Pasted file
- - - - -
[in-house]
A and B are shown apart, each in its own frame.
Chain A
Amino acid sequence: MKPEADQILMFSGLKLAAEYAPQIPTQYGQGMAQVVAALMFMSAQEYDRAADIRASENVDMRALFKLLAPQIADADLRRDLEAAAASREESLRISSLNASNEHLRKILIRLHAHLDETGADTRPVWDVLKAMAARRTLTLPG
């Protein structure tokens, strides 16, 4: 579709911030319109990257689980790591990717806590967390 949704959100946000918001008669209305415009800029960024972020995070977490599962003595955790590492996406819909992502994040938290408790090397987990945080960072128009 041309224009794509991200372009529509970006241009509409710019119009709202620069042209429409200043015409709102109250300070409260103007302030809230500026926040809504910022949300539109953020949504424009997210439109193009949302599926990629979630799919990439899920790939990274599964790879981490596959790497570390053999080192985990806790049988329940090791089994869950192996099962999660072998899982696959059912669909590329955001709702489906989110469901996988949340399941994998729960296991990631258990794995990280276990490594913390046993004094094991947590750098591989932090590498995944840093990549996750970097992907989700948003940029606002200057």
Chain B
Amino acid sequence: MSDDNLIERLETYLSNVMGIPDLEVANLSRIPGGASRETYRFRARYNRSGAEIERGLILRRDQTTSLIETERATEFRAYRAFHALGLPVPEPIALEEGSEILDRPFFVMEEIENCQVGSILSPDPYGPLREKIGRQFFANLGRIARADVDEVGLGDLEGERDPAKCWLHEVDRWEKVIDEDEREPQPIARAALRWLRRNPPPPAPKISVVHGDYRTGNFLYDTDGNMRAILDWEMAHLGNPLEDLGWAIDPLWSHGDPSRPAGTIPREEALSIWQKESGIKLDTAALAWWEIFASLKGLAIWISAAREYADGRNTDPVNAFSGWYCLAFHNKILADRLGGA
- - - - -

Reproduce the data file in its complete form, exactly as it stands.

[in-house]
A and B are shown apart, each in its own frame.
Chain A
Amino acid sequence: MKPEADQILMFSGLKLAAEYAPQIPTQYGQGMAQVVAALMFMSAQEYDRAADIRASENVDMRALFKLLAPQIADADLRRDLEAAAASREESLRISSLNASNEHLRKILIRLHAHLDETGADTRPVWDVLKAMAARRTLTLPG
């Protein structure tokens, strides 16, 4: 579709911030319109990257689980790591990717806590967390 949704959100946000918001008669209305415009800029960024972020995070977490599962003595955790590492996406819909992502994040938290408790090397987990945080960072128009 041309224009794509991200372009529509970006241009509409710019119009709202620069042209429409200043015409709102109250300070409260103007302030809230500026926040809504910022949300539109953020949504424009997210439109193009949302599926990629979630799919990439899920790939990274599964790879981490596959790497570390053999080192985990806790049988329940090791089994869950192996099962999660072998899982696959059912669909590329955001709702489906989110469901996988949340399941994998729960296991990631258990794995990280276990490594913390046993004094094991947590750098591989932090590498995944840093990549996750970097992907989700948003940029606002200057």
Chain B
Amino acid sequence: MSDDNLIERLETYLSNVMGIPDLEVANLSRIPGGASRETYRFRARYNRSGAEIERGLILRRDQTTSLIETERATEFRAYRAFHALGLPVPEPIALEEGSEILDRPFFVMEEIENCQVGSILSPDPYGPLREKIGRQFFANLGRIARADVDEVGLGDLEGERDPAKCWLHEVDRWEKVIDEDEREPQPIARAALRWLRRNPPPPAPKISVVHGDYRTGNFLYDTDGNMRAILDWEMAHLGNPLEDLGWAIDPLWSHGDPSRPAGTIPREEALSIWQKESGIKLDTAALAWWEIFASLKGLAIWISAAREYADGRNTDPVNAFSGWYCLAFHNKILADRLGGA